The UK is currently in the grip of a mental health epidemic. Medically, the causes of mental illness are poorly understood, hypothesis rich, evidence poor. Genetics, biology and psychology can all be at play but the link with stress, when considered alongside the typical lifestyle in the west, would seem the most likely driver behind the recent surge of common mental disorders like depression and anxiety. Its also the one cause we have the most control over.

I broke the cycle 7 years ago now and whilst my life is not plain sailing I’m way happier than I was sitting on this train everyday. What I sacrificed in money and “stuff” was invested in the one thing that money simply cannot buy. Time.

Mental Health – Adapting to the Environment

Many people who are aware of their Mental Health will notice that certain environmental changes can trigger their symptoms.

I recently attended a fascinating presentation on Seasonal Affective Disorder (SAD), a keen interest of mine.  Some of the discussion was interesting because it highlighted how different attitudes towards mental and physical health.

Seasonal Affective Disorder

For those not in the know, SAD is an illness where mental health plummets at a particular point in the year, usually as the days become shorter.  I have written a more detailed piece on the condition which you can read by clicking here.

The event was presented by one of the worlds leading authorities on the subject but became a well managed exchange of experience and views.  One of the attendee’s was interested in the potential of building light therapy into existing light sources.  Light therapy currently requires a sufferer to sit in front of a light for up to 30 minutes.

To be clear, I think this is a great idea.  Anything that can help alleviate suffering without ingesting chemicals can only be a good thing.  What concerned me was some of the rationale that was offered for “needing” this type of product.  “People don’t have 30 minutes to sit in front of a light in the morning”.

Different attitudes

What immediately struck me from this statement is the disparity with which mental health is held next to physical health.  Lets be clear, SAD is not a choice, its a serious debilitating mental illness.  Mental illness is a serious medical complaint.  In certain demographic groups, the mortality from mental illness exceeds that of any other illness.  If we had a physical illness that necessitated 30 minutes of physical therapy a day, we would move heaven and earth to make sure that person received it.  Would we see dialysis or chemotherapy as a choice?  Of course not, nor should we.  So why when the problem is a mental health one do we suddenly feel that we just “don’t have time” for a 30 minute treatment?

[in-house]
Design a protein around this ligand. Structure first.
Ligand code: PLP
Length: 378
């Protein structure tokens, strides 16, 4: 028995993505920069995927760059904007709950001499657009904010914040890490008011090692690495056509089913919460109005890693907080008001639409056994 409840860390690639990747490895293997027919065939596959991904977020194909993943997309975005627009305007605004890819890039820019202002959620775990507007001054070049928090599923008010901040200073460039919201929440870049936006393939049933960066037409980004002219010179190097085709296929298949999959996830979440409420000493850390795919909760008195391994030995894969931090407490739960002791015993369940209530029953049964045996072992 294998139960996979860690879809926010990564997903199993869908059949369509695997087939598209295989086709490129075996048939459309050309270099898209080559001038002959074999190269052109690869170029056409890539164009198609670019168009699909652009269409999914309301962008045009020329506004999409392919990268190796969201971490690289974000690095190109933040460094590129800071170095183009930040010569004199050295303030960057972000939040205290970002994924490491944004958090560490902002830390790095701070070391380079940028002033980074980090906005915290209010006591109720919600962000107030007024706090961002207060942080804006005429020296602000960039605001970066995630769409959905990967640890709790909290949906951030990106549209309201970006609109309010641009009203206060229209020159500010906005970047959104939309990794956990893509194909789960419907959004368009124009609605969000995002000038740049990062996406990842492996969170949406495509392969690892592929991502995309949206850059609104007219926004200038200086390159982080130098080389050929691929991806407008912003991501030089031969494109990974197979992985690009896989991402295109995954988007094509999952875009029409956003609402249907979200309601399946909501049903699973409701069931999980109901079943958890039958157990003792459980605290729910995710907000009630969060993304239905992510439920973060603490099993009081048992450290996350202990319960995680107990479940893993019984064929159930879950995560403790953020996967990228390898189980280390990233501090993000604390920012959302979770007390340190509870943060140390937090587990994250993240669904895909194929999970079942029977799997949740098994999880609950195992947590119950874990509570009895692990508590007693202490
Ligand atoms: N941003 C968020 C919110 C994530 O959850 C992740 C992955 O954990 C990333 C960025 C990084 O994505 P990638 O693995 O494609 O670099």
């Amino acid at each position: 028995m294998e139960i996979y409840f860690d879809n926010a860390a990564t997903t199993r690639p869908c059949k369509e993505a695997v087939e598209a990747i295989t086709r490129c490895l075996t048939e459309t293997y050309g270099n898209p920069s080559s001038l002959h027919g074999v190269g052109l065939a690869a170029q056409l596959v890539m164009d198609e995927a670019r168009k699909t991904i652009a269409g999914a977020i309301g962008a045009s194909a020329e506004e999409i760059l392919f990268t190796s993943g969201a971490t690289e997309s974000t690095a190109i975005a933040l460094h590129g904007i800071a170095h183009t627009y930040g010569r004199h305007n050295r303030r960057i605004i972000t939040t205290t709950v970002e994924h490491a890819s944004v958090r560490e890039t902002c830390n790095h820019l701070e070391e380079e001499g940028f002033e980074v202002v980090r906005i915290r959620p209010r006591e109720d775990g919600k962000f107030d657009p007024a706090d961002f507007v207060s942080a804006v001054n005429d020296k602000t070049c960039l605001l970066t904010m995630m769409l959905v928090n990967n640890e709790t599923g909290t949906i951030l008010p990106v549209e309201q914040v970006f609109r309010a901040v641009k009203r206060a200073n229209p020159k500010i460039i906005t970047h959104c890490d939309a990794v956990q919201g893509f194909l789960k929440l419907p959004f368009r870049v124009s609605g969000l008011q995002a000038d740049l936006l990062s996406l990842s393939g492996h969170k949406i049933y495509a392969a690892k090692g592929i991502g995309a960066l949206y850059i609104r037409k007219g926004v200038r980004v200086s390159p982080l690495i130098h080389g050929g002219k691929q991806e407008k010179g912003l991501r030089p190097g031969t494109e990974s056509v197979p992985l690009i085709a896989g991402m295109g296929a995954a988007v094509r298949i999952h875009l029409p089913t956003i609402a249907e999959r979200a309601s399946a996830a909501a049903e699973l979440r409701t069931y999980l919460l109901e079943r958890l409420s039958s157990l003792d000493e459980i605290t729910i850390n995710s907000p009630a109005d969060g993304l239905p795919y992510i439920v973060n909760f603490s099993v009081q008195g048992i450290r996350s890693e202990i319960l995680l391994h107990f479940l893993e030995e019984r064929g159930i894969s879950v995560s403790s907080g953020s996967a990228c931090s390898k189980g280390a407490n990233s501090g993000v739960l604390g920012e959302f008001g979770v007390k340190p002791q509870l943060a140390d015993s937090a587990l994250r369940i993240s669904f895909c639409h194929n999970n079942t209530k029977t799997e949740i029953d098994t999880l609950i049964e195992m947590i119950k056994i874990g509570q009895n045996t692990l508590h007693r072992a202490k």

This sense that we “don’t have time” is right at the centre of why so many of us struggle with our mental health.  We just don’t take time to care for ourselves.

Sunlight

Adapting to the Environment

I also think we should consider why we flood our world with artificial light as soon as it gets dark.  I believe that in many cases (not all) SAD is not a problem with lack of light but a problem with trying to continue life at the same frantic pace all year round.  Our bodies tell us to slow down but we don’t adapt.

In some species, the behaviours of taking on more fuel (carbohydrate craving is an early symptom of SAD) and resting is part of their seasonal rhythm.  In humans however, our bodies start to change and our instinct is to resist and fight.  We follow the same routines year round to maintain the same levels of productivity.

In an ideal world I would see people following a more seasonal approach to life.  I am however a realist and I know that the western world is going to be a long time bending to this ideal.  If however we continue to invent new ways of ignoring our bodies and circumnavigating basic needs, the mental health crisis thats slowly gripping society can only deepen.

Im glad to say that the majority of attendees at the event agreed. We should be finding ways to secure 30 minutes of our day to attend to our mental health, not more ways of disregarding it.

Where to find help

If you are suffering from mental health problems be assured, you are not alone. There is non judgmental help when you feel able to reach out for it.

To find out more about challenging the stigma of mental illness take a look at Talking FreELY or get in touch with me.